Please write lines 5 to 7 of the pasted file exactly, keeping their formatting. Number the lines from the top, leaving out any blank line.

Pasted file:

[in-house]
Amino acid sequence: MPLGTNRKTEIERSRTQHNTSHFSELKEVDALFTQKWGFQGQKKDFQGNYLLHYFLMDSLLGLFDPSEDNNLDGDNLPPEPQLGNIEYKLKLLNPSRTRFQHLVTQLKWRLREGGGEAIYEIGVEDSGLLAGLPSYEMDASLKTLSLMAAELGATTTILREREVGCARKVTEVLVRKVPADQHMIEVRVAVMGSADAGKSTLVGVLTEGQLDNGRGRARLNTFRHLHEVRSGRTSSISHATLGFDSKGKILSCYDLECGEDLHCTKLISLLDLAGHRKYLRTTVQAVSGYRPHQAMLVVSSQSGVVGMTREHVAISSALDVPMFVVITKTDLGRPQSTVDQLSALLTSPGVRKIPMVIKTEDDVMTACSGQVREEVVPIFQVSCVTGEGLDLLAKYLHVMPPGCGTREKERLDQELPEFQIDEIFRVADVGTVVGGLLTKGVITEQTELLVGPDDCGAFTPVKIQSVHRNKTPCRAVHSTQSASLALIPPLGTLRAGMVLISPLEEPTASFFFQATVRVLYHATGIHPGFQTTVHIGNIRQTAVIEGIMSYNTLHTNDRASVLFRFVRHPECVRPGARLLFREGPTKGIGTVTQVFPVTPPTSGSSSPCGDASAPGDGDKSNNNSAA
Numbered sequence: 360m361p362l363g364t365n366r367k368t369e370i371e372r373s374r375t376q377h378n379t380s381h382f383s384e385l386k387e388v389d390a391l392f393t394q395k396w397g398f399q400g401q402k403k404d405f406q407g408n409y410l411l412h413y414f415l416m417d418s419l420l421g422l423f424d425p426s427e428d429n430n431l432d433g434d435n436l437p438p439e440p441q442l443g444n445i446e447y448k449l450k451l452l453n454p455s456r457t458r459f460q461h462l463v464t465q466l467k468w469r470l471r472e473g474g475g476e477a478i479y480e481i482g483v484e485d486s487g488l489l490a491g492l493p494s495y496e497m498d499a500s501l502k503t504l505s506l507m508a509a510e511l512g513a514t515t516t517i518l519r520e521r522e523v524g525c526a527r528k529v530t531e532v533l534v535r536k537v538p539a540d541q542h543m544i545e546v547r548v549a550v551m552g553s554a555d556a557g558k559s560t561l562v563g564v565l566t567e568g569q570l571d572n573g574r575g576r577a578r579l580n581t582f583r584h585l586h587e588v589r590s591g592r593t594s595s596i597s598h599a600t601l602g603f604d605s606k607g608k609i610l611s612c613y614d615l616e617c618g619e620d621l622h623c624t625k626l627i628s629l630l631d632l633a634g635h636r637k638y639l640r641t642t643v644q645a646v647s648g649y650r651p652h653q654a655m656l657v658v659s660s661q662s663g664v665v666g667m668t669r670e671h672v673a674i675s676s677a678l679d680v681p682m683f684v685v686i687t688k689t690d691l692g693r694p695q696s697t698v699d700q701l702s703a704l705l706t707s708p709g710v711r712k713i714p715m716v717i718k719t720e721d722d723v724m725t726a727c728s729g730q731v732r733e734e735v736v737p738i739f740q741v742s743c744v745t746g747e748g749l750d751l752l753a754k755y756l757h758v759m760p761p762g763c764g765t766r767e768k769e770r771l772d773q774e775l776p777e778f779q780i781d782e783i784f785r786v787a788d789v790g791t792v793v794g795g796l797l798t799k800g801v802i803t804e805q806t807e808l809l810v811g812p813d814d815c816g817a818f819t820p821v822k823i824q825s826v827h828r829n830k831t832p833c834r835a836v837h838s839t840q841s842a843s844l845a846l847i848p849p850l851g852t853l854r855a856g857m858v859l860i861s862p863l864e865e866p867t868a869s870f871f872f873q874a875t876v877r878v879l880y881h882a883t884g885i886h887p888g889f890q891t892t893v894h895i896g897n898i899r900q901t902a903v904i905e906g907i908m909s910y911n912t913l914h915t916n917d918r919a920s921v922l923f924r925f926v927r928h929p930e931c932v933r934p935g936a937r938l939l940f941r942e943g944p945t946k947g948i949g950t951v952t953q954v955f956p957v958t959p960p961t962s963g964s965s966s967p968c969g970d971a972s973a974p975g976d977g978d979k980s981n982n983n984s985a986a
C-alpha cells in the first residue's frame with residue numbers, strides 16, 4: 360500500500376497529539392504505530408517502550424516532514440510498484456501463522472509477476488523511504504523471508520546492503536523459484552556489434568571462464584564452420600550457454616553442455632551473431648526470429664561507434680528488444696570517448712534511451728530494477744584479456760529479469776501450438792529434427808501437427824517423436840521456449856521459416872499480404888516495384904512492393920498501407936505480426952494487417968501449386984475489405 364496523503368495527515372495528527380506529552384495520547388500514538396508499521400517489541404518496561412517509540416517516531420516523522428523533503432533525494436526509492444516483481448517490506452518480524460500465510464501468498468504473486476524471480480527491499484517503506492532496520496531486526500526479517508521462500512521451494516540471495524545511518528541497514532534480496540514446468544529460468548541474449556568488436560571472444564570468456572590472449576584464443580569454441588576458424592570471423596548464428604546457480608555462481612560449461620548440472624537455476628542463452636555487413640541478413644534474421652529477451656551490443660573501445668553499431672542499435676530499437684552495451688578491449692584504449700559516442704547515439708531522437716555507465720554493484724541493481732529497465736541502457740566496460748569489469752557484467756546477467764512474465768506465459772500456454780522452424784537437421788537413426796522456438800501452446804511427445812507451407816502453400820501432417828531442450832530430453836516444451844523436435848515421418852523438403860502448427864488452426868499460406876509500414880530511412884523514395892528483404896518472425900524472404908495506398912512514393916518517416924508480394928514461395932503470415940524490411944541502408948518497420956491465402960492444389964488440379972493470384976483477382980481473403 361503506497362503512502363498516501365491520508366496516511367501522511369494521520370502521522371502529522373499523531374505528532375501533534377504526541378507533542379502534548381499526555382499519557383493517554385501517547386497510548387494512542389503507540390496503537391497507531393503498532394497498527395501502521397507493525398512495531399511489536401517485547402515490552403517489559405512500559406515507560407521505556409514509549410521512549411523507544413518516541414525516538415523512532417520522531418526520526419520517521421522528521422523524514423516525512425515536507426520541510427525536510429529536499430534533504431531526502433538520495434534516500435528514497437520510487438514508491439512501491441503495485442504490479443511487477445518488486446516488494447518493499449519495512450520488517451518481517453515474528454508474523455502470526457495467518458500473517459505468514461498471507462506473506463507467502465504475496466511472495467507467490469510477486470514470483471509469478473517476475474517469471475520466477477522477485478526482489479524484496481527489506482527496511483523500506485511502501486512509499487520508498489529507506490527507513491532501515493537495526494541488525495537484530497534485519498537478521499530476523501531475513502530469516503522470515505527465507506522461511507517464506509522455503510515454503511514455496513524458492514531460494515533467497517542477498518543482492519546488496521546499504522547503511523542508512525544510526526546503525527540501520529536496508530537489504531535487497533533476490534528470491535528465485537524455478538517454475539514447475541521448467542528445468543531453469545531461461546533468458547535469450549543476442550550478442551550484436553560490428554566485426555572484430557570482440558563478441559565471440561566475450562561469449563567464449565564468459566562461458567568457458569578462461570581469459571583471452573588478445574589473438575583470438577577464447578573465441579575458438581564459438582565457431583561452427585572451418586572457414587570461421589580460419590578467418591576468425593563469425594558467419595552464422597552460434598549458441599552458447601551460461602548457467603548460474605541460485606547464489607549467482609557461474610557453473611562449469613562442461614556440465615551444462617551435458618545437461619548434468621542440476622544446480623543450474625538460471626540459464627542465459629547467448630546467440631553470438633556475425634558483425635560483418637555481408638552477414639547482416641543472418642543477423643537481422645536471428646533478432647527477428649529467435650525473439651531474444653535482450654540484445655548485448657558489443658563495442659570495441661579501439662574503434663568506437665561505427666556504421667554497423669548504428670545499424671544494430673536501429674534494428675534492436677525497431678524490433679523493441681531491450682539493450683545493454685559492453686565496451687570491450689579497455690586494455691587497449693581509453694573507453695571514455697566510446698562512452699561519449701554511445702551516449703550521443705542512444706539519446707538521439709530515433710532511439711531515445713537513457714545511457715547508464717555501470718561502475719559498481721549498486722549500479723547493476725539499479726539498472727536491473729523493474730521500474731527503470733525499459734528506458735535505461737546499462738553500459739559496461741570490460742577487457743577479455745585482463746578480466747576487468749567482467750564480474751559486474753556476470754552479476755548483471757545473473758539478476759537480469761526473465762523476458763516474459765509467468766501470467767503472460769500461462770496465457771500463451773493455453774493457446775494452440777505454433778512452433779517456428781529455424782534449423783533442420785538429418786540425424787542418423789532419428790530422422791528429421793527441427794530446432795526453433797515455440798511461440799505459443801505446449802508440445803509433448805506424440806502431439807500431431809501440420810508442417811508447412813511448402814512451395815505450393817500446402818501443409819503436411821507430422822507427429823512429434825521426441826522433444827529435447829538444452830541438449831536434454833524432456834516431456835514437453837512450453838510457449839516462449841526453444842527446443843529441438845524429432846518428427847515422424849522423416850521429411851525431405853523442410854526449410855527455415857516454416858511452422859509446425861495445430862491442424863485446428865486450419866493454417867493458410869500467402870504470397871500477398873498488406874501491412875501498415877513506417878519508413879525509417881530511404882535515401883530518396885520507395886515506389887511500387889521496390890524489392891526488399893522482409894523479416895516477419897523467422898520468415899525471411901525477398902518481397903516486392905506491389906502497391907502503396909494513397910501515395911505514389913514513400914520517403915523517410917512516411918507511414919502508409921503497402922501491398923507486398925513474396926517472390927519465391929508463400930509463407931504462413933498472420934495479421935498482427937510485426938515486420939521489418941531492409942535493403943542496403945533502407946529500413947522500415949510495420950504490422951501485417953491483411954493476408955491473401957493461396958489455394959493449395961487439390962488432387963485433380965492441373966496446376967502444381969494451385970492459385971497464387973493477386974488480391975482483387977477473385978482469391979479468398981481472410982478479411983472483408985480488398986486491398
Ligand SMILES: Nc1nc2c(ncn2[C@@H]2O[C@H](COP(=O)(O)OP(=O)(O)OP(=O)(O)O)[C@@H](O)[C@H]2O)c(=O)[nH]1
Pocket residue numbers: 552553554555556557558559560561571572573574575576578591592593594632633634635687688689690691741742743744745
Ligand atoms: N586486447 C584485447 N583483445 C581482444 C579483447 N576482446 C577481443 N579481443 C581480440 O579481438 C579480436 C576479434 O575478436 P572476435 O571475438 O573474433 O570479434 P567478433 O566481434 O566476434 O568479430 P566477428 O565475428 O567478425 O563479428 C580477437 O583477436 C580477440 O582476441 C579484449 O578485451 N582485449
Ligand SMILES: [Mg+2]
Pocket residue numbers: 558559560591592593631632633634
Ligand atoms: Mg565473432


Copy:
Ligand SMILES: Nc1nc2c(ncn2[C@@H]2O[C@H](COP(=O)(O)OP(=O)(O)OP(=O)(O)O)[C@@H](O)[C@H]2O)c(=O)[nH]1
Pocket residue numbers: 552553554555556557558559560561571572573574575576578591592593594632633634635687688689690691741742743744745
Ligand atoms: N586486447 C584485447 N583483445 C581482444 C579483447 N576482446 C577481443 N579481443 C581480440 O579481438 C579480436 C576479434 O575478436 P572476435 O571475438 O573474433 O570479434 P567478433 O566481434 O566476434 O568479430 P566477428 O565475428 O567478425 O563479428 C580477437 O583477436 C580477440 O582476441 C579484449 O578485451 N582485449